Katyna de la Vega

Ashoka Fellow
Mexico,
Fellow Since 2009

Citation

This profile was prepared when Katyna de la Vega was elected to the Ashoka Fellowship in 2009.
The New Idea
Katyna is revitalizing the economies of small Mexican towns with a strong heritage in some of the poorest parts of the country through innovative urban projects that use government funding to reverse economic decline. Unlike most town improvement projects initiated by the government, Katyna’s are the first to be driven by local citizens in Mexico. Instead of beginning in government offices, her work starts with town hall-style meetings with local citizens, whose participation in the planning and execution of the projects is fundamental. At the same time, Katyna leverages cooperative relationships with the government to lobby for funds already budgeted to be redirected to a town’s revitalization. Local and regional politicians quickly become advocates for this more effective use of federal money while local businesses and residents become strong supporters as they see that their own house or business will be refurbished and improved at no cost to them. Katyna’s work started in a small town in Chiapas, the poorest state of Mexico. Its impressive success has since spread and been adopted all over Mexico in collaboration with local and federal government programs and other citizen organizations. These government partnerships have led to over US$200M of government investment and have created thousands of new jobs in construction, opened new and thriving small businesses, started or re-established major cultural events, increased real estate value dramatically, and led to a surge in tourism as increasing numbers of people come to see the area's cultural and historical roots. Katyna’s work has also led the state of Chiapas, the Federal Ministry of Social Development and the Secretary of Tourism to adopt her model as public policy through the creation of three government programs which have replicated her projects nationwide. Because of the involvement of townspeople, these renewal projects are able to achieve not only a physical renovation and economic revival of the town but also a renewal of the people’s pride, identification with their town, and desire to preserve and protect their local heritage.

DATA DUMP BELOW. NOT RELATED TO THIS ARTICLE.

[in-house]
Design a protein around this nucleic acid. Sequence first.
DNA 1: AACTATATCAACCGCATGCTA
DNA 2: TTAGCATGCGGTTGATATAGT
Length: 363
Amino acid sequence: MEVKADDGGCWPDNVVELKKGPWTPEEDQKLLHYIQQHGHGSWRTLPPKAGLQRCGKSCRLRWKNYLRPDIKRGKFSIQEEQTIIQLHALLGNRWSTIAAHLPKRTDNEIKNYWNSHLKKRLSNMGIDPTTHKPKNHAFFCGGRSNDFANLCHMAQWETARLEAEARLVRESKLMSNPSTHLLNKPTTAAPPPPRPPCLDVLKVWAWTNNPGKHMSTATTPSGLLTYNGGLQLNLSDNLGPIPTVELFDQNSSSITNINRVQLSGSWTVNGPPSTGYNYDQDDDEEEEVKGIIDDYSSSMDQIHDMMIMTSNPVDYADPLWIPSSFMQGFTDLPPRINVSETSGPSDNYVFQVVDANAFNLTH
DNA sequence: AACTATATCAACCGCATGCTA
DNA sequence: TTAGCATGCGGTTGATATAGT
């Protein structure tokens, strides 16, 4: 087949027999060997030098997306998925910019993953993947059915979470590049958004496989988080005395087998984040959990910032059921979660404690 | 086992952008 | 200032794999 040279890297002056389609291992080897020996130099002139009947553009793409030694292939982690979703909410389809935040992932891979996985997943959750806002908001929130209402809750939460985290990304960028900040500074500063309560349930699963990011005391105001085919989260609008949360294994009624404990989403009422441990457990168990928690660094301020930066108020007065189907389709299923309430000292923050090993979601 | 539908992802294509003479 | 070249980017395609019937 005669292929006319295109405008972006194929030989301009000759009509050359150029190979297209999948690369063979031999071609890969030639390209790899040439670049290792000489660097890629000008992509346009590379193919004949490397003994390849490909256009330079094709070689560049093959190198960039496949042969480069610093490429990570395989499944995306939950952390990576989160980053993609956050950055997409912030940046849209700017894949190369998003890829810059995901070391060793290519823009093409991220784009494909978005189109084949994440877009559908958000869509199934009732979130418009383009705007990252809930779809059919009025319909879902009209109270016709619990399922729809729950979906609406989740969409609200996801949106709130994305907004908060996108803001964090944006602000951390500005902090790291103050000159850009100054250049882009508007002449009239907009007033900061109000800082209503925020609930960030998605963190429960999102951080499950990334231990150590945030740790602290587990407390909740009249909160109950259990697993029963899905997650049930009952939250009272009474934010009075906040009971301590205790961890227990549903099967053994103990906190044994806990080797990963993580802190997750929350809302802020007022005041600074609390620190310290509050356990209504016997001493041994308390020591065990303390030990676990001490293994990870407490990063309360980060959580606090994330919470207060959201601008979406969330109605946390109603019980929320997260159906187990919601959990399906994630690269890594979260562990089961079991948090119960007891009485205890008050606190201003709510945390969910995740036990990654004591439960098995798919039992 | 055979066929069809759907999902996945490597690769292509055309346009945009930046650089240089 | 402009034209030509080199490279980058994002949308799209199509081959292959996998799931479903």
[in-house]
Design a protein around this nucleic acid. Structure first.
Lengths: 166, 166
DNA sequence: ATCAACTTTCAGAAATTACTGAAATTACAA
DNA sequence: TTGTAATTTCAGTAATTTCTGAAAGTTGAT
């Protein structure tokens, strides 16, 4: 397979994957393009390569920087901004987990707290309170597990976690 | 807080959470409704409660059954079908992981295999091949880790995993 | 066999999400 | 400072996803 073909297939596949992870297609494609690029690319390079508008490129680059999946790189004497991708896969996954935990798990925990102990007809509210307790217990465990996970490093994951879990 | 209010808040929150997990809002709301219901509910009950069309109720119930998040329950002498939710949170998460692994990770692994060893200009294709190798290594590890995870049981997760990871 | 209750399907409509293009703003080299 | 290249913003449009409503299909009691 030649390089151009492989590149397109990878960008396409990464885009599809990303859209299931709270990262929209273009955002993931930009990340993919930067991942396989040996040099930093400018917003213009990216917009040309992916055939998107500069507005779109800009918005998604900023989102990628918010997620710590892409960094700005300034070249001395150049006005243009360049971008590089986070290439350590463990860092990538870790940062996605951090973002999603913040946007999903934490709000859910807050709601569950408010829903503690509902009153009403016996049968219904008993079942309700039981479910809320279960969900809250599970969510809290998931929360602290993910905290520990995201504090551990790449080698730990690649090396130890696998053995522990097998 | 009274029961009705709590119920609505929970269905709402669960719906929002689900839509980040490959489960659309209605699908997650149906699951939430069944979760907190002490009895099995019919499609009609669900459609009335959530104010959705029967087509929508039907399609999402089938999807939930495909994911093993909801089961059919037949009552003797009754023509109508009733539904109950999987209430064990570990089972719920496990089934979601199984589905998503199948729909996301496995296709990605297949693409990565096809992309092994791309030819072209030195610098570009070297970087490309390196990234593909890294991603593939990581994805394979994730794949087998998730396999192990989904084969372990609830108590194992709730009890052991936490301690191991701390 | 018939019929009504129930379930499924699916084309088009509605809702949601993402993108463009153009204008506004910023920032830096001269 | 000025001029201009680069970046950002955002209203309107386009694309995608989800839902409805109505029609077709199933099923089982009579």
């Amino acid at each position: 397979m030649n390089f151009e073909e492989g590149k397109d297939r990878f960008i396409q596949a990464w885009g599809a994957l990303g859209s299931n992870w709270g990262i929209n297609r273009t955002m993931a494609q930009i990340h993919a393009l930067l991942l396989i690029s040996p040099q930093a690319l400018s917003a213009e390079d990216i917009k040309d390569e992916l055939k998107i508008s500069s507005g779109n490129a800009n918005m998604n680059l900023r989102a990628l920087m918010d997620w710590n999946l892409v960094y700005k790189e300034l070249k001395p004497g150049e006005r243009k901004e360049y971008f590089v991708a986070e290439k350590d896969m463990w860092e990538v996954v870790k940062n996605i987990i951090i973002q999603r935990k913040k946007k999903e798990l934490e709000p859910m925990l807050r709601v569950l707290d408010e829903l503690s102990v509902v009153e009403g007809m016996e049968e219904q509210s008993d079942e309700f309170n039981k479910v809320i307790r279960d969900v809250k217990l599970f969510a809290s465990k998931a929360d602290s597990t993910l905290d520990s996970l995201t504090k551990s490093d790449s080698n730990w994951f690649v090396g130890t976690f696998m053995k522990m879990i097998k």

The Problem
The Strategy
The Person

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